|Assessment Type||Assessment length / details||Proportion|
|Semester Assessment||Oral Presentation 1 x 15 minute individual oral presentation||40%|
|Semester Assessment||Critical Essay 1 x 3500 word critical essay||60%|
|Supplementary Assessment||Revisit Failed or Missing Oral Presentation 1 x 15 minute indivdiual oral presentation||40%|
|Supplementary Assessment||Resubmit missing or failed written assignment 1 x 3500 word critical essay||60%|
On successful completion of this module students should be able to:
1. Demonstrate a detailed understanding of the key thematic concerns and formal characteristics of twentieth-century American literary texts.
2. Relate twentieth-century American literary texts to their relevant social, cultural, and/or historical contexts.
3. Engage with critical and theoretical sources in an informed manner.
4. Discuss twentieth-century American literary texts in a critically-informed, focused, and well-structured manner.
This module examines a range of issues pertaining to the character of American culture and society as they are dramatised in literature produced within three discrete periods of the twentieth century. The focus is primarily upon prose fiction and particular attention will be paid to the ways in which writers have sought to engage with history and politics in their texts.
Section One, ‘American Modernism’, examines manifestations of modernist writing between World War I and II, from Willa Cather's nostalgic evocation of the landscapes and communities of the western prairies in her novel My Antonia (1918) to Alain Locke's New Negro anthology (1925), which celebrated the `renewed race-spirit' of African Americans during the Harlem Renaissance. This section also addresses innovative forms of narrative adopted by William Faulkner in the seven connected stories that comprise Go Down, Moses (1942).
Section Two, ‘Cultures of Conformity and Consent’, focuses on Cold War fictions. Ralph Ellison's novel Invisible Man (1952) anticipates the landmark Civil Rights campaign of the later 1950s and 1960s through its dramatization of the existential plight of an unnamed African American narrator. Jack Kerouac's novel On the Road (1957) articulates the impulse celebrated by other Beat Generation writers to escape all manner of social constraint. Kerouac's celebration of youthful energy, spontaneity and a Whitman-esque sense of the radical possibilities of American democracy contrasts markedly with the ultimate failure of Frank and April Wheeler, the protagonists of Richard Yates's novel Revolutionary Road (1961), to challenge the limitations of their circumscribed lives in suburban New York.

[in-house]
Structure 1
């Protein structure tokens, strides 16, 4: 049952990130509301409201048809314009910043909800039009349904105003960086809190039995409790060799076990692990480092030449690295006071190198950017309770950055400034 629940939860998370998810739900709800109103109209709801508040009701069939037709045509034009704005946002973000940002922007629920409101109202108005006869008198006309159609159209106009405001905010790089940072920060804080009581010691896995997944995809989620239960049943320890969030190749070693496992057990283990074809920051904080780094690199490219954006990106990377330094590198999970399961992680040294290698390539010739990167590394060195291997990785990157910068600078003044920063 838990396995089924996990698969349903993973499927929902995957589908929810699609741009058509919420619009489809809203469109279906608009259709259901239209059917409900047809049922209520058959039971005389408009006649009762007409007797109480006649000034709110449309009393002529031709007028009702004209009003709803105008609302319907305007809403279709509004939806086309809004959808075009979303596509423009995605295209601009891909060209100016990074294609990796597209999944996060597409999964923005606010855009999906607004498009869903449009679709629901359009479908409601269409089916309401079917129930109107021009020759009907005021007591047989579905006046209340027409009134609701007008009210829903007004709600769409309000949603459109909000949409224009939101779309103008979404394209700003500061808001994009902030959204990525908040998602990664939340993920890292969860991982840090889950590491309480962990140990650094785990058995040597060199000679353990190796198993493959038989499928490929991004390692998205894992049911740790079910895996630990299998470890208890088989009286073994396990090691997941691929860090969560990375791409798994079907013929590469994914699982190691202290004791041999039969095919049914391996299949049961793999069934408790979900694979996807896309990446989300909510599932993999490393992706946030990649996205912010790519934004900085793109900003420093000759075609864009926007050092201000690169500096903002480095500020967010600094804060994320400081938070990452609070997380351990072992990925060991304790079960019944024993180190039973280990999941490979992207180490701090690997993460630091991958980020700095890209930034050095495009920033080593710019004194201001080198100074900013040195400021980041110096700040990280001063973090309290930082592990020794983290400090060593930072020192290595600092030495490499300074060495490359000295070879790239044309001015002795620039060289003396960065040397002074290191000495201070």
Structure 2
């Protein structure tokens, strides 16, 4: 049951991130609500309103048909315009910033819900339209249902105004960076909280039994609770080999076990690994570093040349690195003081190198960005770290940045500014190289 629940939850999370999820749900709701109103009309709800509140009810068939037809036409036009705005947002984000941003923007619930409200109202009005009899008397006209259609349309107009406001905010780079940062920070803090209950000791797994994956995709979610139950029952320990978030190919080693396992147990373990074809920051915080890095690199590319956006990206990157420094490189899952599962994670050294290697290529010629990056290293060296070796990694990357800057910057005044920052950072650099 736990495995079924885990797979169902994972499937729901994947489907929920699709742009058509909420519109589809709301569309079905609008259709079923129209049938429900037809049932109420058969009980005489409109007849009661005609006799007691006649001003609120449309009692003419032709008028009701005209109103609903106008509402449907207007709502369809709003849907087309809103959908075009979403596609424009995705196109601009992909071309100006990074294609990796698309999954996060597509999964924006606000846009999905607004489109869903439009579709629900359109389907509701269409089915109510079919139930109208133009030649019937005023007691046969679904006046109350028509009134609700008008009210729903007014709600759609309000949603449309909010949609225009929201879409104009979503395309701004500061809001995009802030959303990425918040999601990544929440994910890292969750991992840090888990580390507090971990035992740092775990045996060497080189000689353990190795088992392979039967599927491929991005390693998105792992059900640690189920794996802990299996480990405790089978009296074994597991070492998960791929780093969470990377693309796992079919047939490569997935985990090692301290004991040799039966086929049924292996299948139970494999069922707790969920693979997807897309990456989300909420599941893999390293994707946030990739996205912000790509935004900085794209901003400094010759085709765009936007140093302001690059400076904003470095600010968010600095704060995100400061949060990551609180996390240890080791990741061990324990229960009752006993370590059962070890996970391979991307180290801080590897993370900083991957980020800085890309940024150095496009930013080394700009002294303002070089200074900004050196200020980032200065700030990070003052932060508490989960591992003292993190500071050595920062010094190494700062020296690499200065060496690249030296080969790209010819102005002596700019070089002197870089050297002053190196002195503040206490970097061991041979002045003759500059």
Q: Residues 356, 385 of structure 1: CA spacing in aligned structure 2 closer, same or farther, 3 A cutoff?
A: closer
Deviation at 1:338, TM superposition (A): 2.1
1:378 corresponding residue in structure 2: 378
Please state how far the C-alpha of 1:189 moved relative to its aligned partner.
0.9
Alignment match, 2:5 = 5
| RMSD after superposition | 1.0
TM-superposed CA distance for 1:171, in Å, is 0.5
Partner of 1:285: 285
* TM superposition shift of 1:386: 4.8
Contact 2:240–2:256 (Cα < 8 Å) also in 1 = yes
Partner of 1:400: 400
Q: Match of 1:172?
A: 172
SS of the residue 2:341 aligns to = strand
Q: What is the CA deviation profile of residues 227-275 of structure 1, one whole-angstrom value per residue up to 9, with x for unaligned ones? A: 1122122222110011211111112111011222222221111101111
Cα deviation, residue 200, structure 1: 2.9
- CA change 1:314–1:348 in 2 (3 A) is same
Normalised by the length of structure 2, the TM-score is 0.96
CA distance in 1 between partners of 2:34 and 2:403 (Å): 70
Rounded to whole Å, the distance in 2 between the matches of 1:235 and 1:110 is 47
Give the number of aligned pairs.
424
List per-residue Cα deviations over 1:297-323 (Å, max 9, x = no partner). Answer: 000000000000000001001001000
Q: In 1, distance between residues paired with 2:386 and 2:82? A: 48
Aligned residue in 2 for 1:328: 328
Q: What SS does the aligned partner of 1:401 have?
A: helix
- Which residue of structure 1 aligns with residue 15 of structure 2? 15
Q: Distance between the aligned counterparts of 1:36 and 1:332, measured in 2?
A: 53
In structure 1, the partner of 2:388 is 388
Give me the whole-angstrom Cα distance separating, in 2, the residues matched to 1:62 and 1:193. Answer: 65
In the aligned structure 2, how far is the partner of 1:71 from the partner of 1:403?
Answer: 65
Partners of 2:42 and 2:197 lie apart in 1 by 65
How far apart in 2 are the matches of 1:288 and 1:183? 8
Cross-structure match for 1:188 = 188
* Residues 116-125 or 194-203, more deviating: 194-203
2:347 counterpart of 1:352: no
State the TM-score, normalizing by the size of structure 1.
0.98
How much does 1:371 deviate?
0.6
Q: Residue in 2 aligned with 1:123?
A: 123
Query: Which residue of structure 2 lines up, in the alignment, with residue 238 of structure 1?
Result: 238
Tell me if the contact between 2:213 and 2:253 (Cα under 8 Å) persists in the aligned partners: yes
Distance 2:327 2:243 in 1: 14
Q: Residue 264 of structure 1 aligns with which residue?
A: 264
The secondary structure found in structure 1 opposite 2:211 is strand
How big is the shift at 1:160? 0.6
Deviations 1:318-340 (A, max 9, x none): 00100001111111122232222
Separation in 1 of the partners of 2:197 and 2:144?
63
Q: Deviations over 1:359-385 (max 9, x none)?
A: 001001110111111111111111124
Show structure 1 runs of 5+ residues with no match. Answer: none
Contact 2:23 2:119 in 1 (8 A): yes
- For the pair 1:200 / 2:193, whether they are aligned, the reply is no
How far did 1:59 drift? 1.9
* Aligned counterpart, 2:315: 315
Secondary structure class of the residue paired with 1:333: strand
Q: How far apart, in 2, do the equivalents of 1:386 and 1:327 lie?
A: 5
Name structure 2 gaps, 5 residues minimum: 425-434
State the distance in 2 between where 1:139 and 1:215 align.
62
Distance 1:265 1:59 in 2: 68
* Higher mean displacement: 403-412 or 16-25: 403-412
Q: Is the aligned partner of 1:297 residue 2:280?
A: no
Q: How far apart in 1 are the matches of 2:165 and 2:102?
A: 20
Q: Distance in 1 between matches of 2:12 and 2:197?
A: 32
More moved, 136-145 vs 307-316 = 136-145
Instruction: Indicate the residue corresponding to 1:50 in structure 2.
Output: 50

Section Three explores radical visions of American nationhood in late-twentieth century fiction. Cormac McCarthy's novel Blood Meridian (1985), which provides a harrowing and mesmerizing vision of the violence that lay at the heart of American territorial expansion during the 1850s, radically calls into question meta-narratives of national development. In her novel Almanac of the Dead (1991), the Native American author Leslie Marmon Silko provides an expansive and deeply troubling vision of the legacy of European colonization and US expansion in a contemporary setting.
Estimated Student Workload
Contact time: 20 hours
Preparation for seminars: 20 hours
Reading of primary texts: 60 hours
Research for assignments: 80 hours
Writing assignments: 20 hours
SECTION ONE: American Modernism
Week 2. Cultural Memory and the Settling of the American West
Willa Cather, My Ántonia (1918)
Week 3. The Harlem Renaissance
Alain Locke, ed., The New Negro (1925) [photocopied selections]
Week 4. Imagining the South
William Faulkner, Go Down, Moses (1942)
SECTION TWO: Cultures of Conformity and Dissent
Week 5. In Search of African American Identity
Ralph Ellison, Invisible Man (1952)
Week 6. The Beat Generation
Jack Kerouac, On the Road (1957)
Week 7. Suburban Angst
Richard Yates, Revolutionary Road (1961)
SECTION THREE: Revisionist Views of American Nationhood
Week 8. Regeneration through Violence, Revised
Cormac McCarthy, Blood Meridian (1985)
Week 9. The Americas in Apocalyptic Vision
Leslie Marmon Silko, Almanac of the Dead (1990)
Week 10. Revision session
|Skills Type||Skills details|
|Application of Number||N/A|
|Communication||Written: By developing a sustained critical argument. Oral: Through class discussion, small group exercises, and assessed individual presentations.|
|Improving own Learning and Performance||Through independent and directed research and reading.|
|Information Technology||By using word-processing packages; using AberLearn Blackboard and other e-resources to research and access course documents and other materials; by submitting assignments via Turnitin.|
|Personal Development and Career planning||Through increased critical self-reflection and the development of transferable, ICT, communication and research skills.|
|Problem solving||By evaluative analysis and the use of critical skills.|
|Research skills||By directed and independent research; by synthesizing information in an evaluative critical argument.|
|Subject Specific Skills||Through the reading, writing and researching skills involved in the interrogation of literary texts; through comparative models of reading and understanding; and through the conceptual/theoretical analysis of works of imaginative literature in relation to a range of other non-literary texts.|
|Team work||Through group work in seminars; and through preparation for paired presentations in seminars|
This module is at CQFW Level 7